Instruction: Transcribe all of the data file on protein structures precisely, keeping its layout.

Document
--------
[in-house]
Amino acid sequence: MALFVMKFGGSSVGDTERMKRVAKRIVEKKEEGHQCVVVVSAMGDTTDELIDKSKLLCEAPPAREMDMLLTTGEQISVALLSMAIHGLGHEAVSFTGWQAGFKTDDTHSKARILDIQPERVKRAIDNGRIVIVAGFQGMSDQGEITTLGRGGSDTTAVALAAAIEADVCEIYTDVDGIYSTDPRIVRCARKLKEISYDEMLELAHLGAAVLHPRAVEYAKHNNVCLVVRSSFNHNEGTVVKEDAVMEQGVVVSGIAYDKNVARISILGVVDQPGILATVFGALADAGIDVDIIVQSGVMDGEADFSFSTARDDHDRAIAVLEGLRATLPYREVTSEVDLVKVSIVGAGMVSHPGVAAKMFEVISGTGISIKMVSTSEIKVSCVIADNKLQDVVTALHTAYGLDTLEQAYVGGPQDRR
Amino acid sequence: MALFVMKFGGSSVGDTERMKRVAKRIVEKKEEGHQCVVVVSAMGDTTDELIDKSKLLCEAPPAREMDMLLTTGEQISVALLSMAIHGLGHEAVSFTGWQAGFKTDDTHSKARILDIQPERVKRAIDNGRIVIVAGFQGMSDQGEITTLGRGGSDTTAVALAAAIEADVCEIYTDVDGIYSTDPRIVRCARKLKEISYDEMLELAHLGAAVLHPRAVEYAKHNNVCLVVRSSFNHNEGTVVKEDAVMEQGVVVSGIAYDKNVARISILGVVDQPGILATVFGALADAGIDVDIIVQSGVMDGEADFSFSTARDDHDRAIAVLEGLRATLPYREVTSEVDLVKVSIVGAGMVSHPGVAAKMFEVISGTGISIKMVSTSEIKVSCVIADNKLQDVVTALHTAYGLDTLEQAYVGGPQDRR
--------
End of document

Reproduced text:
[in-house]
Amino acid sequence: MALFVMKFGGSSVGDTERMKRVAKRIVEKKEEGHQCVVVVSAMGDTTDELIDKSKLLCEAPPAREMDMLLTTGEQISVALLSMAIHGLGHEAVSFTGWQAGFKTDDTHSKARILDIQPERVKRAIDNGRIVIVAGFQGMSDQGEITTLGRGGSDTTAVALAAAIEADVCEIYTDVDGIYSTDPRIVRCARKLKEISYDEMLELAHLGAAVLHPRAVEYAKHNNVCLVVRSSFNHNEGTVVKEDAVMEQGVVVSGIAYDKNVARISILGVVDQPGILATVFGALADAGIDVDIIVQSGVMDGEADFSFSTARDDHDRAIAVLEGLRATLPYREVTSEVDLVKVSIVGAGMVSHPGVAAKMFEVISGTGISIKMVSTSEIKVSCVIADNKLQDVVTALHTAYGLDTLEQAYVGGPQDRR
Amino acid sequence: MALFVMKFGGSSVGDTERMKRVAKRIVEKKEEGHQCVVVVSAMGDTTDELIDKSKLLCEAPPAREMDMLLTTGEQISVALLSMAIHGLGHEAVSFTGWQAGFKTDDTHSKARILDIQPERVKRAIDNGRIVIVAGFQGMSDQGEITTLGRGGSDTTAVALAAAIEADVCEIYTDVDGIYSTDPRIVRCARKLKEISYDEMLELAHLGAAVLHPRAVEYAKHNNVCLVVRSSFNHNEGTVVKEDAVMEQGVVVSGIAYDKNVARISILGVVDQPGILATVFGALADAGIDVDIIVQSGVMDGEADFSFSTARDDHDRAIAVLEGLRATLPYREVTSEVDLVKVSIVGAGMVSHPGVAAKMFEVISGTGISIKMVSTSEIKVSCVIADNKLQDVVTALHTAYGLDTLEQAYVGGPQDRR